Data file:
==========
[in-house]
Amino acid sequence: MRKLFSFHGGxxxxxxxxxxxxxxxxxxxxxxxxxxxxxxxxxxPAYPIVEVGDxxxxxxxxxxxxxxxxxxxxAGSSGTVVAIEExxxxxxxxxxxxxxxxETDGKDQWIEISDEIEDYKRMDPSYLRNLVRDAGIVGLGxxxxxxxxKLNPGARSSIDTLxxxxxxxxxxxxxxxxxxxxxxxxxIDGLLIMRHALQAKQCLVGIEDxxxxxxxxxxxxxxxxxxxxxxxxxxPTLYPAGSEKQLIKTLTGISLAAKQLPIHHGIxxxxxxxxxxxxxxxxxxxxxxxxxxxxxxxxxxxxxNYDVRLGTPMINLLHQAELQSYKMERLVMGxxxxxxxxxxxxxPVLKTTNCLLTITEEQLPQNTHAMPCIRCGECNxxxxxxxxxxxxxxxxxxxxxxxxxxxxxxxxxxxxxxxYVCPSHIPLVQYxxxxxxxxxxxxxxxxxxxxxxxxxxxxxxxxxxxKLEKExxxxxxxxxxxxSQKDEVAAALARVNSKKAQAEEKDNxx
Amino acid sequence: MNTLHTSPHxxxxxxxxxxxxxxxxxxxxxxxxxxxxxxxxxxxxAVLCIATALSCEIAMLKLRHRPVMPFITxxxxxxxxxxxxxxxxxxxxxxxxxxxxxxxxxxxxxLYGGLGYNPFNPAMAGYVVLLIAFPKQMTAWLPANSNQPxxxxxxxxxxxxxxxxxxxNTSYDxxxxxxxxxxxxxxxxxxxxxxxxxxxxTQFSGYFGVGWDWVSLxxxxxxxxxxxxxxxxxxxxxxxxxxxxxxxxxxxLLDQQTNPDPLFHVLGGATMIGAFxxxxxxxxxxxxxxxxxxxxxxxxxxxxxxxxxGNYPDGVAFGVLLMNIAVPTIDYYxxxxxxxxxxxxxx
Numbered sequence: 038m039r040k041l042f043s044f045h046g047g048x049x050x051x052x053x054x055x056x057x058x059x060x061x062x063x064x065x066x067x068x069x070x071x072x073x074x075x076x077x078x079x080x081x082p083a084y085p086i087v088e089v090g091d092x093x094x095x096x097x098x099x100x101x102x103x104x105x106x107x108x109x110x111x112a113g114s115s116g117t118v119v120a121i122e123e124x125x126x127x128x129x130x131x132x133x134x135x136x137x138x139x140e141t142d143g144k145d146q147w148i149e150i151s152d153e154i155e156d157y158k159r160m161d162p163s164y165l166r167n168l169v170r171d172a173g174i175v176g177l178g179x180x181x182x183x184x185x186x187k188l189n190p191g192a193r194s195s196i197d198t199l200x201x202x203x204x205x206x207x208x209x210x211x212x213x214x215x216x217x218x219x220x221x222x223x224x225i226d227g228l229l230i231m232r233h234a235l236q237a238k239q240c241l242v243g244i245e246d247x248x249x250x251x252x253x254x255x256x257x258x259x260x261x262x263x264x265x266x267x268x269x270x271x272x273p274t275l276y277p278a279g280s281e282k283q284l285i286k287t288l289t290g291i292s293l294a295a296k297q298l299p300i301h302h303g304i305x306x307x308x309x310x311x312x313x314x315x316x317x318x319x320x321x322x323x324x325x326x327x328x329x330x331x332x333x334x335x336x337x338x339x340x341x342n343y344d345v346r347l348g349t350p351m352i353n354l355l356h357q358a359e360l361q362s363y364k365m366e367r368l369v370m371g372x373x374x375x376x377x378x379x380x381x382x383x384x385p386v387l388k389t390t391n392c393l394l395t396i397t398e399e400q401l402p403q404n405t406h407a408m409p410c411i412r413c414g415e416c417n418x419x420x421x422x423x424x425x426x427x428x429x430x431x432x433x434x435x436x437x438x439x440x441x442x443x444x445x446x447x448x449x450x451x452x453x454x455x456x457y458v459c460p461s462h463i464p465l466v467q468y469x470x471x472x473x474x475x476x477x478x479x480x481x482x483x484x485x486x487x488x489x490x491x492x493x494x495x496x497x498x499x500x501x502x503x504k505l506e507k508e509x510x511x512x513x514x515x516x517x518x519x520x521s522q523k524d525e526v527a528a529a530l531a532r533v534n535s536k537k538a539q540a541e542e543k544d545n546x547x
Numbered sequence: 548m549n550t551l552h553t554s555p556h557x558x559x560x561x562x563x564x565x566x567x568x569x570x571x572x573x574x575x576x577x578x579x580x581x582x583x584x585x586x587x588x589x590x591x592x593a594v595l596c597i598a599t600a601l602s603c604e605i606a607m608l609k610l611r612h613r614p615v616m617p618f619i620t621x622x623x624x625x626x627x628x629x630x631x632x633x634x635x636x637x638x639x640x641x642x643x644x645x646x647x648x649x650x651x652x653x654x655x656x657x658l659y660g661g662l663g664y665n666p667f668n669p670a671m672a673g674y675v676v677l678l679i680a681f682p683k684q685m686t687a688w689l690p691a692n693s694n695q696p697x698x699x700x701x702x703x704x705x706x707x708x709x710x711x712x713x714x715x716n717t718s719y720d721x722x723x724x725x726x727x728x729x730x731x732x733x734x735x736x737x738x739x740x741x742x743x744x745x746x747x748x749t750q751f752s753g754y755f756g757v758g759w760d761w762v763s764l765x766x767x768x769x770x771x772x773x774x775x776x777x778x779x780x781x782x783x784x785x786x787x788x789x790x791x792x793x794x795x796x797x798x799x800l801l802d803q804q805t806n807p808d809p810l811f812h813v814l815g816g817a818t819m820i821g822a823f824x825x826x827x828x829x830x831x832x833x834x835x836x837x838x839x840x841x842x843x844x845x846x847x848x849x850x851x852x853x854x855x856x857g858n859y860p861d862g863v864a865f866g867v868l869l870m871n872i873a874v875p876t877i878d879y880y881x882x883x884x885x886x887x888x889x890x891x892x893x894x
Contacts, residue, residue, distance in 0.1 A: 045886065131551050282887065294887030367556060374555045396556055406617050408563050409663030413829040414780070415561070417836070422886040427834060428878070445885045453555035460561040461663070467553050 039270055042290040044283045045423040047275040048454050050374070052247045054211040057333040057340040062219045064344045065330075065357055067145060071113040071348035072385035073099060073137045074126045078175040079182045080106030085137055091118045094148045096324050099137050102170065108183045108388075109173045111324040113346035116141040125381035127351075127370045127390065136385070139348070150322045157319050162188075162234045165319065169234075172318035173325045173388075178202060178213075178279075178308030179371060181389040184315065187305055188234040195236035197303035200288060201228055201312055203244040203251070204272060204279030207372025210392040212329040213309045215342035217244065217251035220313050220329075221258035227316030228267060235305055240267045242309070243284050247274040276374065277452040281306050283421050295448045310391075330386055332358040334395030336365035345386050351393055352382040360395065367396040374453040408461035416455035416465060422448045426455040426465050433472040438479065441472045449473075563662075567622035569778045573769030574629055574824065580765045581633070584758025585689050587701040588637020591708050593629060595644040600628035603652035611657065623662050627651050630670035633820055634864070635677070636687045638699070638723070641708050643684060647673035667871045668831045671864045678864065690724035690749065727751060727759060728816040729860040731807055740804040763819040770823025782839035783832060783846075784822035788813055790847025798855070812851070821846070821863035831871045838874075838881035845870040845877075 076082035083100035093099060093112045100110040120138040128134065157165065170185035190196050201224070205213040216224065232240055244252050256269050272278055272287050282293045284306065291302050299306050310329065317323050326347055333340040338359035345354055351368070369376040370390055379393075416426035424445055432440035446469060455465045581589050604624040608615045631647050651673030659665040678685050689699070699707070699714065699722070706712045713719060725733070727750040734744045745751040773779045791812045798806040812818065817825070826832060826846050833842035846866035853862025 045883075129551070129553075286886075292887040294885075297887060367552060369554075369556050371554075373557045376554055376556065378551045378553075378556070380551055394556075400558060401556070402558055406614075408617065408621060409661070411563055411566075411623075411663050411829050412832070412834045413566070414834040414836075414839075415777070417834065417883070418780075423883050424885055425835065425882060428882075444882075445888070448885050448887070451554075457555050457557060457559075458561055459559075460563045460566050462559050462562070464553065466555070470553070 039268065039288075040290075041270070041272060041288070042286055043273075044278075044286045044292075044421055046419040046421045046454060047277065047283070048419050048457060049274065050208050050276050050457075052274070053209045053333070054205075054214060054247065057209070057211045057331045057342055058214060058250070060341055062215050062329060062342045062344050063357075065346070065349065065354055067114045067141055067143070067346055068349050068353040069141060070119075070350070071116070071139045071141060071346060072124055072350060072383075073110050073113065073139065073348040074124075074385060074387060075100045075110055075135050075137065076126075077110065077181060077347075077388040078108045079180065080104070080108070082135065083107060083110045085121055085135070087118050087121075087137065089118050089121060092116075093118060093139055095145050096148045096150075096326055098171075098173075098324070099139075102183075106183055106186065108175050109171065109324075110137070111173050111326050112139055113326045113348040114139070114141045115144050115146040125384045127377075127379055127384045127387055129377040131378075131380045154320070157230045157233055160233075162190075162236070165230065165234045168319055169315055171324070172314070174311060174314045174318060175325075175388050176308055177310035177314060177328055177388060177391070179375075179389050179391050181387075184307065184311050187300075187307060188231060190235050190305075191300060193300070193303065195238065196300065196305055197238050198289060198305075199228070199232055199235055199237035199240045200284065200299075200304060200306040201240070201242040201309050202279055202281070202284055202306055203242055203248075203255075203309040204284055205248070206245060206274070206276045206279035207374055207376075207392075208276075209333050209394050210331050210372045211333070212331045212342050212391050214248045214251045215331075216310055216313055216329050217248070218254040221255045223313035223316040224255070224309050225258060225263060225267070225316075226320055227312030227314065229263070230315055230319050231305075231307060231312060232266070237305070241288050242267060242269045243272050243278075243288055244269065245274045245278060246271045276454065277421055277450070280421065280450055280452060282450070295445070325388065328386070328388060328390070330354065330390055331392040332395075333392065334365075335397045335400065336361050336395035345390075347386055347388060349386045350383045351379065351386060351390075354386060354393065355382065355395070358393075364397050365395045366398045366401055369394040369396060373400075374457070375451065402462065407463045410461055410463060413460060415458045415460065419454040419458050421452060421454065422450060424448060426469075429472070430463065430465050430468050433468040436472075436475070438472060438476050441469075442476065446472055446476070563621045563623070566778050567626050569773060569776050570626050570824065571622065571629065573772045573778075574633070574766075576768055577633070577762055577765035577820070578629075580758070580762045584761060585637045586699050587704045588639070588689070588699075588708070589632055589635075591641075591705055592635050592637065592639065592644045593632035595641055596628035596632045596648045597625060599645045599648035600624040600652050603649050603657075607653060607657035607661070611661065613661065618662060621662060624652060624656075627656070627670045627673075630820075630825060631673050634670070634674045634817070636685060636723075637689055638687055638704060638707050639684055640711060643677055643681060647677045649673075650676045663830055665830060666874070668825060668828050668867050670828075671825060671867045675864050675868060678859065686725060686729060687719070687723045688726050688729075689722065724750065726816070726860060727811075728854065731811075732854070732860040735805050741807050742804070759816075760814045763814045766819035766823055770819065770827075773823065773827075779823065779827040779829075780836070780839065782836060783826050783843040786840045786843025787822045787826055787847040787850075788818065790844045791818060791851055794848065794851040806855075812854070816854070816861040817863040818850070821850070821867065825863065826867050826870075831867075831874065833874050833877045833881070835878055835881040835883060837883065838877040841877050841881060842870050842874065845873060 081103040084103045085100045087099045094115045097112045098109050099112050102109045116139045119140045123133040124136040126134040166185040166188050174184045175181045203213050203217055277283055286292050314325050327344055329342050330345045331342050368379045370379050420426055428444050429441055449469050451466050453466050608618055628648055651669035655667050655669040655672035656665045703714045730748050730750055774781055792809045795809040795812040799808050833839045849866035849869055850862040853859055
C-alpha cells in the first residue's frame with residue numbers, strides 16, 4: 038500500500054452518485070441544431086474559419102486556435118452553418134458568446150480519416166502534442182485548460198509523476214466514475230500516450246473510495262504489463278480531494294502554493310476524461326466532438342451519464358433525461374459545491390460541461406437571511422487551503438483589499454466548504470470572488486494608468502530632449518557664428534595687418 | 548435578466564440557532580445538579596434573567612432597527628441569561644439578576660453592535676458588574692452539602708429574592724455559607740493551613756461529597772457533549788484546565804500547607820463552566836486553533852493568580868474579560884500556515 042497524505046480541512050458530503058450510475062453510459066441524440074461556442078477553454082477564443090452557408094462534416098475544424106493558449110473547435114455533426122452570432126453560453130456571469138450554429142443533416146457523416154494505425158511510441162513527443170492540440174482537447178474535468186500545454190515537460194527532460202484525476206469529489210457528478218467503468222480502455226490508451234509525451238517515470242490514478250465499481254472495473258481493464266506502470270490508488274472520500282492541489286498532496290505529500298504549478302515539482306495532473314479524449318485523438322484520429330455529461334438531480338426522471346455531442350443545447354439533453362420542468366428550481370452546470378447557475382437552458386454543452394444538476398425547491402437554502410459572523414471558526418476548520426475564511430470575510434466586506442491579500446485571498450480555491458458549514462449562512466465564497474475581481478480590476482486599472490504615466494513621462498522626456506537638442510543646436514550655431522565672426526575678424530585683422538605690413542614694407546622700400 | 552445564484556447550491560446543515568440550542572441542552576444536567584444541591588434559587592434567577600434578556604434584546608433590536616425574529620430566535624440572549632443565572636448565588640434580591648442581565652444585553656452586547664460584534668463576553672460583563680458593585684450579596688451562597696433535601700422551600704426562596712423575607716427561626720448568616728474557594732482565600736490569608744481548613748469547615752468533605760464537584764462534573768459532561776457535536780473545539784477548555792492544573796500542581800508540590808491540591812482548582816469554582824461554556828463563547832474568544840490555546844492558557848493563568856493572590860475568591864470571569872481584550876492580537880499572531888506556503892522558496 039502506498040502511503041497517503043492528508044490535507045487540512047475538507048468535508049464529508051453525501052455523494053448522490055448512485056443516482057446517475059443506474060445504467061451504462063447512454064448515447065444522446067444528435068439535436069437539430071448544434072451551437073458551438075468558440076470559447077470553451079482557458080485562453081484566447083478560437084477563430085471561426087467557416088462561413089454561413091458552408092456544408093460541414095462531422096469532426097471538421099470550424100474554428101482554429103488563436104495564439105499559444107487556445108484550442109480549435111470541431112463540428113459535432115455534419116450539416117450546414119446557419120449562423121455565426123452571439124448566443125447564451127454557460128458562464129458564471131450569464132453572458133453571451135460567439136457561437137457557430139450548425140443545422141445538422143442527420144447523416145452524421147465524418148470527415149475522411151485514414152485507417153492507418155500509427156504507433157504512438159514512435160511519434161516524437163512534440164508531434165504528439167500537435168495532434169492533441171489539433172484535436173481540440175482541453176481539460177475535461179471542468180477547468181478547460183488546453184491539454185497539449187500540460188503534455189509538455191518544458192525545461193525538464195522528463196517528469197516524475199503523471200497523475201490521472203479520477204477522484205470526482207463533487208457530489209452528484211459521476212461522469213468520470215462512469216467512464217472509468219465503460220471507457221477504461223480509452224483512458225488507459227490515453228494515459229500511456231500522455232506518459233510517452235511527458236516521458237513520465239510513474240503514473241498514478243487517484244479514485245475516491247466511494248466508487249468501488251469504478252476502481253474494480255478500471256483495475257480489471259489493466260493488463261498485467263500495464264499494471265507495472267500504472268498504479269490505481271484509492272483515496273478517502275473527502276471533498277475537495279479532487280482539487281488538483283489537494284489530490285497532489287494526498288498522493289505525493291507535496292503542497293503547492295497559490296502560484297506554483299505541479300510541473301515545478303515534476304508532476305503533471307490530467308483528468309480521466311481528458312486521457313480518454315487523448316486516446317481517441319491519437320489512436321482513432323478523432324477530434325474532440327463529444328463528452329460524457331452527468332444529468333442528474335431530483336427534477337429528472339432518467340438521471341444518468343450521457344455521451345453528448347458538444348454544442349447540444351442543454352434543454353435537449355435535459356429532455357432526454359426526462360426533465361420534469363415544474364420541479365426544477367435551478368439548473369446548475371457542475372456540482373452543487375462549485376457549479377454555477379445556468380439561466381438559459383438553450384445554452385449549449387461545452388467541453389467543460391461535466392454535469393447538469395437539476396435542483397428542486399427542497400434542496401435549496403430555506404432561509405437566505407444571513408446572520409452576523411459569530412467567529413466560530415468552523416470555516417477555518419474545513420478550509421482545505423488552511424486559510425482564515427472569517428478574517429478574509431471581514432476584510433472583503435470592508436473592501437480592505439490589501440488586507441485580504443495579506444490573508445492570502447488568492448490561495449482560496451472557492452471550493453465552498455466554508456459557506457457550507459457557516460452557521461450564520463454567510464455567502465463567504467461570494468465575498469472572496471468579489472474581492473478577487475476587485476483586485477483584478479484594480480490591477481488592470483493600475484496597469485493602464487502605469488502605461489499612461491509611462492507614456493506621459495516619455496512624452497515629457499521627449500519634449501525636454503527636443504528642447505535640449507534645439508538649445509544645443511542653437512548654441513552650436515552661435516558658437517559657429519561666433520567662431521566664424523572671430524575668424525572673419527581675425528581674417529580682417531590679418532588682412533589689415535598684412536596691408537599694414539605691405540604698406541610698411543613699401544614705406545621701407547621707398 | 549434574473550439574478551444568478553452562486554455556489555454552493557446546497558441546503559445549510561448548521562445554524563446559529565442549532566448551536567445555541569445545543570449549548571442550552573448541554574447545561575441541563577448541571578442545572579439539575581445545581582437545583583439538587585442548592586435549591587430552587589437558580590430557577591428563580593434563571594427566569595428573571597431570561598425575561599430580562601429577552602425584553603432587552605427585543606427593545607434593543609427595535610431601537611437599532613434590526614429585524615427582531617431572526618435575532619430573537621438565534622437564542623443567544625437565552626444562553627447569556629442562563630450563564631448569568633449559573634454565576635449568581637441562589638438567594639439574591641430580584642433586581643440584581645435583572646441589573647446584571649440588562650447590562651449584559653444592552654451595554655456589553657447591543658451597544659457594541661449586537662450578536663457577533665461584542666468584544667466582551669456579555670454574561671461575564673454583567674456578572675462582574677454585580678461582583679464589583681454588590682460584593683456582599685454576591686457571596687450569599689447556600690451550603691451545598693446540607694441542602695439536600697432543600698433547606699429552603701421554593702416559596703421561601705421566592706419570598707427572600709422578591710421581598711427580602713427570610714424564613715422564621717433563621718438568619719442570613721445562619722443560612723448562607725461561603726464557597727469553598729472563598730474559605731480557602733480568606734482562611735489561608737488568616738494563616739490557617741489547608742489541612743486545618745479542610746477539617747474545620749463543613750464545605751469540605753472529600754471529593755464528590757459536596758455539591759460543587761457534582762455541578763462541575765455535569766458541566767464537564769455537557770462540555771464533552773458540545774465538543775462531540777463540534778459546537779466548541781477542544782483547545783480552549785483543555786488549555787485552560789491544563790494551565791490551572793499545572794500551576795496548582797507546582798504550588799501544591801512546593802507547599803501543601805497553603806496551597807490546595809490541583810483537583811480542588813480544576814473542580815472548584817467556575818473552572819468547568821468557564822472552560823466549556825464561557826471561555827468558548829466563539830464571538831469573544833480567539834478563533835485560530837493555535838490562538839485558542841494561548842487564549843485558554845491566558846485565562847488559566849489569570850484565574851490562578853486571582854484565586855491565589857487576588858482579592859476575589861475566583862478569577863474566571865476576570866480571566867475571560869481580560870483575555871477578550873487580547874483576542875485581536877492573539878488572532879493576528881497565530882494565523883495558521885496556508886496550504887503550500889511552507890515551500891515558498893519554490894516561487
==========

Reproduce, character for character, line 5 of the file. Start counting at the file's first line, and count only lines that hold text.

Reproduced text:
Numbered sequence: 548m549n550t551l552h553t554s555p556h557x558x559x560x561x562x563x564x565x566x567x568x569x570x571x572x573x574x575x576x577x578x579x580x581x582x583x584x585x586x587x588x589x590x591x592x593a594v595l596c597i598a599t600a601l602s603c604e605i606a607m608l609k610l611r612h613r614p615v616m617p618f619i620t621x622x623x624x625x626x627x628x629x630x631x632x633x634x635x636x637x638x639x640x641x642x643x644x645x646x647x648x649x650x651x652x653x654x655x656x657x658l659y660g661g662l663g664y665n666p667f668n669p670a671m672a673g674y675v676v677l678l679i680a681f682p683k684q685m686t687a688w689l690p691a692n693s694n695q696p697x698x699x700x701x702x703x704x705x706x707x708x709x710x711x712x713x714x715x716n717t718s719y720d721x722x723x724x725x726x727x728x729x730x731x732x733x734x735x736x737x738x739x740x741x742x743x744x745x746x747x748x749t750q751f752s753g754y755f756g757v758g759w760d761w762v763s764l765x766x767x768x769x770x771x772x773x774x775x776x777x778x779x780x781x782x783x784x785x786x787x788x789x790x791x792x793x794x795x796x797x798x799x800l801l802d803q804q805t806n807p808d809p810l811f812h813v814l815g816g817a818t819m820i821g822a823f824x825x826x827x828x829x830x831x832x833x834x835x836x837x838x839x840x841x842x843x844x845x846x847x848x849x850x851x852x853x854x855x856x857g858n859y860p861d862g863v864a865f866g867v868l869l870m871n872i873a874v875p876t877i878d879y880y881x882x883x884x885x886x887x888x889x890x891x892x893x894x